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What Makes a Healthy Protein So Healthy?

By , About.com Guide

Updated June 03, 2009

There are three macronutrients in nutrition, better known as fats, carbohydrates and protein. You will easily find all three of these nutrients in your diet every day, but not always as the healthiest versions. You might already have a good idea about what a good carbohydrate is (complex carbohydrate with lots of fiber) verses a bad carbohydrate (table sugar or high fructose corn syrup). And bad fats (saturated fats and trans fats) verses good fats (monounsaturated and polyunsaturated fats).

So what makes a protein a good protein? Unlike fats or carbohydrates, which can be good for you or bad for you based on their natural biochemistry, all dietary proteins are about equal. The quality of a protein mostly depends on how the food source is prepared or what fats naturally accompany the protein.

It may help to understand a little protein biochemistry first. Proteins are made of different combinations of 20 tiny building blocks called amino acids. Of those 20 amino acids, your body manufactures 11 of them. The other nine amino acids need to come directly from your diet, so they are called essential amino acids.

When you eat, your digestive system breaks down the proteins into the individual amino acids, absorbs, them and your body uses them to make new proteins that you need for muscles, organs and components of your immune system.

Complete and Incomplete Proteins

All proteins that come from animals are called complete proteins because they contain some combination of all nine essential amino acids. Plant-based foods, except soy, are called incomplete proteins because not all amino acids are present in each type of plant. Soy is actually a complete protein. If you eat meat, fish, poultry, eggs, dairy products or soy, you will easily get all the amino acids you need every day. If you are vegans, you need to eat a variety of plants to be sure you get all of the amino acids you need.

Making Good Protein Choices

All animal products contain a large amount of protein and some plant foods such as legumes, nuts and seeds do as well. Fruits and vegetables generally don’t have as much protein, but they still contribute to your overall protein intake. Most of us only need 50 to 70 grams of protein every day, which is about what you would find in eight ounces of beef. It really isn’t difficult to get all of the protein you need each day -- the difficult part is choosing the healthiest protein sources.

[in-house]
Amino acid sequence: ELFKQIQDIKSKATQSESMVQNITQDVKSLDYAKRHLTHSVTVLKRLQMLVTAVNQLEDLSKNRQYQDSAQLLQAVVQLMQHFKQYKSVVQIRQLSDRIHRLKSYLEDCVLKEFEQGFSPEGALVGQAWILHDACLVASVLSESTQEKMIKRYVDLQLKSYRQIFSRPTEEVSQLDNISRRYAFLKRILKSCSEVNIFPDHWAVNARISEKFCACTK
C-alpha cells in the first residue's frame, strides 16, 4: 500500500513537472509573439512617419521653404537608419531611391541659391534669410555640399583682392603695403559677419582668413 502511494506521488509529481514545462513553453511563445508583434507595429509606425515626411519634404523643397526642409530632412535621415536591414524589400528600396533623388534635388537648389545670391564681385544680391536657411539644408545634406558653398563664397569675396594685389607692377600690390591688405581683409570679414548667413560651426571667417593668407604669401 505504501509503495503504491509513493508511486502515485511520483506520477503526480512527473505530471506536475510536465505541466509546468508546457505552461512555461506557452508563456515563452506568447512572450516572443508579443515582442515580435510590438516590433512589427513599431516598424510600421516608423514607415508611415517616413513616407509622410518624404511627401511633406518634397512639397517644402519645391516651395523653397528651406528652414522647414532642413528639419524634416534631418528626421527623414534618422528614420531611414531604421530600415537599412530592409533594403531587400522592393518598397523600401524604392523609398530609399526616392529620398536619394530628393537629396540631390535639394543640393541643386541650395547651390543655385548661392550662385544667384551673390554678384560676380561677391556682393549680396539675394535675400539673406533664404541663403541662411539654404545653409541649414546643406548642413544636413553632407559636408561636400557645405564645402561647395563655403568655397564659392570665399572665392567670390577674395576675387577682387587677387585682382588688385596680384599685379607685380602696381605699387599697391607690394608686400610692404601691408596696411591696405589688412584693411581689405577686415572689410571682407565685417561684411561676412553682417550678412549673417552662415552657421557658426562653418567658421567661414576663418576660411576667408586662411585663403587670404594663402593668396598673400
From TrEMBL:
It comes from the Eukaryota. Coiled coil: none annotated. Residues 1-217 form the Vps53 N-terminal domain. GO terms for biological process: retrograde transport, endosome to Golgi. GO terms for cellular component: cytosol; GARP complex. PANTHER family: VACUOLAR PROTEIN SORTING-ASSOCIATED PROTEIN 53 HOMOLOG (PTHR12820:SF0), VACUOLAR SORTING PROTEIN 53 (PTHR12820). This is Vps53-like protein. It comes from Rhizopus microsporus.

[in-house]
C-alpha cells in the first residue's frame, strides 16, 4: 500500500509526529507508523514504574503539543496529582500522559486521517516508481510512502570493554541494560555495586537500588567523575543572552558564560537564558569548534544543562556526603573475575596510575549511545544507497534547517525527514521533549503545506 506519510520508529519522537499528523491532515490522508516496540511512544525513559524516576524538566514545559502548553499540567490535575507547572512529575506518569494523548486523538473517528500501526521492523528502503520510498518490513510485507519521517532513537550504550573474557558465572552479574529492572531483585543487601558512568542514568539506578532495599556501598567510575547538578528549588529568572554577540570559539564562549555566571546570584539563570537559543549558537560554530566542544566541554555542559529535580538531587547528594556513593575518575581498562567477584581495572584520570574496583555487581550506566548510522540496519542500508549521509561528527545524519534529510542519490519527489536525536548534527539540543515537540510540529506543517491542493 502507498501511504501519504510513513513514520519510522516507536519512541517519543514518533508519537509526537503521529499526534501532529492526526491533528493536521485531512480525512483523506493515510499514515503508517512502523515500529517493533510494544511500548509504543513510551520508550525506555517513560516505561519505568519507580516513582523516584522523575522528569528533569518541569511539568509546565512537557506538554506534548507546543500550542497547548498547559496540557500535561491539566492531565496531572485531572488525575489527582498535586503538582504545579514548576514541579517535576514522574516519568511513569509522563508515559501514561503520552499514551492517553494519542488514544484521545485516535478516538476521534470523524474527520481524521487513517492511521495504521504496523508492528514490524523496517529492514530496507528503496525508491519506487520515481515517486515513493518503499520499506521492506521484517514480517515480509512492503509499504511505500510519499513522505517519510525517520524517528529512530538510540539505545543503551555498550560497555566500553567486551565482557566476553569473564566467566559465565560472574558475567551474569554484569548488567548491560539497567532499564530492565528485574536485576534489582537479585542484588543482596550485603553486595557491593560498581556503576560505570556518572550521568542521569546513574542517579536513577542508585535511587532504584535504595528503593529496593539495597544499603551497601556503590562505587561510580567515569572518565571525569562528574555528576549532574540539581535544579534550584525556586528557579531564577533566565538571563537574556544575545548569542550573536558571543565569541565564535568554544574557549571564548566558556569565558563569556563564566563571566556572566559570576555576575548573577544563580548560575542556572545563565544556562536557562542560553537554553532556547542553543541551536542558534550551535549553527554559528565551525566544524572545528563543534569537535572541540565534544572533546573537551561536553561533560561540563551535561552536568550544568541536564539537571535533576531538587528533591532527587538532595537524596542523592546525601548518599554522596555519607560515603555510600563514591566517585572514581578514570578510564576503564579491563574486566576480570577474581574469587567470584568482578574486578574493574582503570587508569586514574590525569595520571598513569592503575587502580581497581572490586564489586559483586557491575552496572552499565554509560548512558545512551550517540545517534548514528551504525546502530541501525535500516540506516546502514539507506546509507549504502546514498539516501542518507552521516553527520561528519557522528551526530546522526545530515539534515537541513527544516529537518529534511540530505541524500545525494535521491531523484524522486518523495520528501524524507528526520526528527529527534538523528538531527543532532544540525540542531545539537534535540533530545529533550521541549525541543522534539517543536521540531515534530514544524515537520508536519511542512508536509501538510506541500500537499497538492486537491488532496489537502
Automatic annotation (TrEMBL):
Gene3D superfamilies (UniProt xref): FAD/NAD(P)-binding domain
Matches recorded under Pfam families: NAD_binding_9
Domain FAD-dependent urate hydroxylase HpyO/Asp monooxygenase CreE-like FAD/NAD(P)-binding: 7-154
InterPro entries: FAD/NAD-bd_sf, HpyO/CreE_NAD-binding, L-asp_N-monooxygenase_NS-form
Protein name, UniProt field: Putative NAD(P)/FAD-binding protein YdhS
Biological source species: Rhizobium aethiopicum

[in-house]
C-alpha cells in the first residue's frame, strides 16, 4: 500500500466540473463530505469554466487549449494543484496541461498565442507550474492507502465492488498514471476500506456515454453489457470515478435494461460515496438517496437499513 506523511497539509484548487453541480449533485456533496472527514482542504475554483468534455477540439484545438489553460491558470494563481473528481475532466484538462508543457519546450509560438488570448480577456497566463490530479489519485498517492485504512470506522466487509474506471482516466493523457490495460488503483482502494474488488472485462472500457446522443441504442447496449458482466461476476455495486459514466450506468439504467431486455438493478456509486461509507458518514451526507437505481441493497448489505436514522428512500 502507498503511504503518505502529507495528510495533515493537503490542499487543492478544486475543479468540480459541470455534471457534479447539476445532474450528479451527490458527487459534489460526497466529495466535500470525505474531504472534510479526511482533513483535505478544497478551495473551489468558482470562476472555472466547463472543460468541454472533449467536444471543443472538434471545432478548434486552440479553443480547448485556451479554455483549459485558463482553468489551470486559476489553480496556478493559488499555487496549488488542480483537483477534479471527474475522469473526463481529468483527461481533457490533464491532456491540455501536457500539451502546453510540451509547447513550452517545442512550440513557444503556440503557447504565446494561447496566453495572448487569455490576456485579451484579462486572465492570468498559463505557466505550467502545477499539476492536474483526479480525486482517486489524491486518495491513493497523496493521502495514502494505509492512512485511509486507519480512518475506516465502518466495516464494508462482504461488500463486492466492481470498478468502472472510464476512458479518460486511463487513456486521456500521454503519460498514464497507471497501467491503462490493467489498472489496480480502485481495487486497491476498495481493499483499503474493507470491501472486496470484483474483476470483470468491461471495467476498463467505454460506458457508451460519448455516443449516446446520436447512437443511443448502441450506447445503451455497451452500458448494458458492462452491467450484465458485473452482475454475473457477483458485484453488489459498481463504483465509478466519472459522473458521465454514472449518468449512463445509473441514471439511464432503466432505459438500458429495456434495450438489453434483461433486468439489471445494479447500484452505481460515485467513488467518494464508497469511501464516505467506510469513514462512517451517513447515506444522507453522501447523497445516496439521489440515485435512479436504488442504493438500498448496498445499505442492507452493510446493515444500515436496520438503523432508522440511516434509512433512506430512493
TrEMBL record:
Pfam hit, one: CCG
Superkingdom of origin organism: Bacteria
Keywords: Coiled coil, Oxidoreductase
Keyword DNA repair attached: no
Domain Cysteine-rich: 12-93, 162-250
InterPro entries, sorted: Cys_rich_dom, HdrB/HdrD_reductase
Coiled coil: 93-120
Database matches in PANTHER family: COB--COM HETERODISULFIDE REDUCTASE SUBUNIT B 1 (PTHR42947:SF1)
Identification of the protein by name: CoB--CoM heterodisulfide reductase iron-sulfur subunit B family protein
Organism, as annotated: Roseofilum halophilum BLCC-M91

When you choose your proteins, you need to think about how the protein source is prepared or what fats are naturally found with that protein. Fish, like salmon or tuna, is a terrific protein source because the fats that accompany the proteins are high in omega-3 fatty acids, which are essential for good health and often deficient in western diets.

An example of a poor protein choice would be a chicken-fried steak. Steak, as a red meat, has a large amount of artery-clogging saturated fats and the style of cooking (breaded, fried and drenched in gravy) adds more unhealthy fats and extra calories.

Here are some tips for choosing healthy protein sources:

  • Drink low- or non-fat milk, which provides plenty of calcium along with the protein.
  • Roast, bake or grill meats, poultry and fish so that you don't need to add extra fats.
  • Choose lean red meats to decrease the amount of saturated fats.
  • Try a vegetarian main course once or twice a week.
  • Don’t fry fish, it just adds extra fat and calories.
  • Enjoy a handful of nuts as a snack –- nuts contain healthy fats as well as protein.
  • Buy poultry and remove the skin and fat, or pick out a rotisserie chicken from the grocery store.
  • Eating on the run? Choose a grilled chicken sandwich instead of a breaded chicken sandwich or greasy burger.
  • Stay away from processed, high fat lunch meats, hot dogs and sausage.
"Dietary Reference Intakes for Energy, Carbohydrate, Fiber, Fat, Fatty Acids, Cholesterol, Protein, and Amino Acids." Institute of Medicine of the National Academies. September 05, 2002. Gropper SS, Smith JL, Groff JL. "Advanced Nutrition and Human Metabolism." Fourth Edition. Belmont, CA. Wadsworth Pub Co. 2005.
 

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